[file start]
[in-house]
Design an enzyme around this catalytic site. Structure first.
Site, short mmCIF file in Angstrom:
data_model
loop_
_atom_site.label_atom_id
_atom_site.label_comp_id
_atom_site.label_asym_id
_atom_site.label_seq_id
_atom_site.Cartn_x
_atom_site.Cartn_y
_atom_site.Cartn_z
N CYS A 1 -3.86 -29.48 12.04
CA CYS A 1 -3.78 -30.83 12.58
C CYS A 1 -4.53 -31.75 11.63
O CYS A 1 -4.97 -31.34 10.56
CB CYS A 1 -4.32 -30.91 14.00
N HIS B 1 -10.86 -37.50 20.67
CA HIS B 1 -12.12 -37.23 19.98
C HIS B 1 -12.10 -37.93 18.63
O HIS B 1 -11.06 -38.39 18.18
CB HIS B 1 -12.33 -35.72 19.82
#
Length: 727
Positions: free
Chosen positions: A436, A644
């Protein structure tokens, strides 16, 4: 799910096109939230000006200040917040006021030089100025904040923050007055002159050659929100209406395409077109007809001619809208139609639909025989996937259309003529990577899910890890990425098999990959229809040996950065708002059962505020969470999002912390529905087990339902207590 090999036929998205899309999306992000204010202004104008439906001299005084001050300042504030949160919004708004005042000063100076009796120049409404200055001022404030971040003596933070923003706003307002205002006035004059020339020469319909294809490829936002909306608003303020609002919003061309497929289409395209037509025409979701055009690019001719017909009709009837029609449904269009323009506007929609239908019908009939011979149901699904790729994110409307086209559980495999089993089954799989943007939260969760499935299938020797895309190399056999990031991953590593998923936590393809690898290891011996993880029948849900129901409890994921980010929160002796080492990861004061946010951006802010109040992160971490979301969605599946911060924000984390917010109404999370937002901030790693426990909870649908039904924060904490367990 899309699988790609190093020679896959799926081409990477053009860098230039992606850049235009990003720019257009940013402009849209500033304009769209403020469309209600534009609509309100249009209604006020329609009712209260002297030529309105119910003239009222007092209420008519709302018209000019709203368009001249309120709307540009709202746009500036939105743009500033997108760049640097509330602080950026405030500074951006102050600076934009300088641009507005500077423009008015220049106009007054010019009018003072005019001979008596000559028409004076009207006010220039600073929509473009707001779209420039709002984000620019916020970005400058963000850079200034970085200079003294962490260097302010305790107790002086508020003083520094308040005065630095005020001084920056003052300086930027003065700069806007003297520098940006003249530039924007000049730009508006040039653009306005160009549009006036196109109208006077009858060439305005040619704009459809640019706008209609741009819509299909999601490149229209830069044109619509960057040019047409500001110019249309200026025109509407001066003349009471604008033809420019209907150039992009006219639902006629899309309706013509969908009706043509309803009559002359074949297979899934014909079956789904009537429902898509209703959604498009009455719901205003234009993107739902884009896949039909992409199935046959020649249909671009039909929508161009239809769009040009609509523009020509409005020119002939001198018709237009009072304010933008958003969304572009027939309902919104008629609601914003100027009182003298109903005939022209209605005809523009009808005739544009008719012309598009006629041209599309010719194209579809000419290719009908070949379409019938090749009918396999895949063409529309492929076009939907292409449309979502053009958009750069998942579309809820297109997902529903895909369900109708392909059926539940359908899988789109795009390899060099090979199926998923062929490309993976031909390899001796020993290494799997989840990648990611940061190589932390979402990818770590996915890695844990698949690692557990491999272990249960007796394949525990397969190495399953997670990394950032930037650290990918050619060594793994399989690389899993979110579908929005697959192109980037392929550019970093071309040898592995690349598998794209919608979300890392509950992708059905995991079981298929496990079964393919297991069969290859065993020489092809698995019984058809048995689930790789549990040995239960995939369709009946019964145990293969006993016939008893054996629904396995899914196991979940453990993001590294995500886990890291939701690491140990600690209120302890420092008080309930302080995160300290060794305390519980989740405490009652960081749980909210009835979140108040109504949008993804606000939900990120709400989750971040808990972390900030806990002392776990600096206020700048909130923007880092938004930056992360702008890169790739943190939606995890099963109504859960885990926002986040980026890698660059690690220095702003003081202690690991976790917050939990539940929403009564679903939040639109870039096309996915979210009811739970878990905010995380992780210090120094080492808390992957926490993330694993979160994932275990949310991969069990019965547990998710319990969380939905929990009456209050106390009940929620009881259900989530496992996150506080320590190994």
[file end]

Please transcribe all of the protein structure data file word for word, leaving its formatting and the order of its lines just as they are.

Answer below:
[in-house]
Design an enzyme around this catalytic site. Structure first.
Site, short mmCIF file in Angstrom:
data_model
loop_
_atom_site.label_atom_id
_atom_site.label_comp_id
_atom_site.label_asym_id
_atom_site.label_seq_id
_atom_site.Cartn_x
_atom_site.Cartn_y
_atom_site.Cartn_z
N CYS A 1 -3.86 -29.48 12.04
CA CYS A 1 -3.78 -30.83 12.58
C CYS A 1 -4.53 -31.75 11.63
O CYS A 1 -4.97 -31.34 10.56
CB CYS A 1 -4.32 -30.91 14.00
N HIS B 1 -10.86 -37.50 20.67
CA HIS B 1 -12.12 -37.23 19.98
C HIS B 1 -12.10 -37.93 18.63
O HIS B 1 -11.06 -38.39 18.18
CB HIS B 1 -12.33 -35.72 19.82
#
Length: 727
Positions: free
Chosen positions: A436, A644
């Protein structure tokens, strides 16, 4: 799910096109939230000006200040917040006021030089100025904040923050007055002159050659929100209406395409077109007809001619809208139609639909025989996937259309003529990577899910890890990425098999990959229809040996950065708002059962505020969470999002912390529905087990339902207590 090999036929998205899309999306992000204010202004104008439906001299005084001050300042504030949160919004708004005042000063100076009796120049409404200055001022404030971040003596933070923003706003307002205002006035004059020339020469319909294809490829936002909306608003303020609002919003061309497929289409395209037509025409979701055009690019001719017909009709009837029609449904269009323009506007929609239908019908009939011979149901699904790729994110409307086209559980495999089993089954799989943007939260969760499935299938020797895309190399056999990031991953590593998923936590393809690898290891011996993880029948849900129901409890994921980010929160002796080492990861004061946010951006802010109040992160971490979301969605599946911060924000984390917010109404999370937002901030790693426990909870649908039904924060904490367990 899309699988790609190093020679896959799926081409990477053009860098230039992606850049235009990003720019257009940013402009849209500033304009769209403020469309209600534009609509309100249009209604006020329609009712209260002297030529309105119910003239009222007092209420008519709302018209000019709203368009001249309120709307540009709202746009500036939105743009500033997108760049640097509330602080950026405030500074951006102050600076934009300088641009507005500077423009008015220049106009007054010019009018003072005019001979008596000559028409004076009207006010220039600073929509473009707001779209420039709002984000620019916020970005400058963000850079200034970085200079003294962490260097302010305790107790002086508020003083520094308040005065630095005020001084920056003052300086930027003065700069806007003297520098940006003249530039924007000049730009508006040039653009306005160009549009006036196109109208006077009858060439305005040619704009459809640019706008209609741009819509299909999601490149229209830069044109619509960057040019047409500001110019249309200026025109509407001066003349009471604008033809420019209907150039992009006219639902006629899309309706013509969908009706043509309803009559002359074949297979899934014909079956789904009537429902898509209703959604498009009455719901205003234009993107739902884009896949039909992409199935046959020649249909671009039909929508161009239809769009040009609509523009020509409005020119002939001198018709237009009072304010933008958003969304572009027939309902919104008629609601914003100027009182003298109903005939022209209605005809523009009808005739544009008719012309598009006629041209599309010719194209579809000419290719009908070949379409019938090749009918396999895949063409529309492929076009939907292409449309979502053009958009750069998942579309809820297109997902529903895909369900109708392909059926539940359908899988789109795009390899060099090979199926998923062929490309993976031909390899001796020993290494799997989840990648990611940061190589932390979402990818770590996915890695844990698949690692557990491999272990249960007796394949525990397969190495399953997670990394950032930037650290990918050619060594793994399989690389899993979110579908929005697959192109980037392929550019970093071309040898592995690349598998794209919608979300890392509950992708059905995991079981298929496990079964393919297991069969290859065993020489092809698995019984058809048995689930790789549990040995239960995939369709009946019964145990293969006993016939008893054996629904396995899914196991979940453990993001590294995500886990890291939701690491140990600690209120302890420092008080309930302080995160300290060794305390519980989740405490009652960081749980909210009835979140108040109504949008993804606000939900990120709400989750971040808990972390900030806990002392776990600096206020700048909130923007880092938004930056992360702008890169790739943190939606995890099963109504859960885990926002986040980026890698660059690690220095702003003081202690690991976790917050939990539940929403009564679903939040639109870039096309996915979210009811739970878990905010995380992780210090120094080492808390992957926490993330694993979160994932275990949310991969069990019965547990998710319990969380939905929990009456209050106390009940929620009881259900989530496992996150506080320590190994």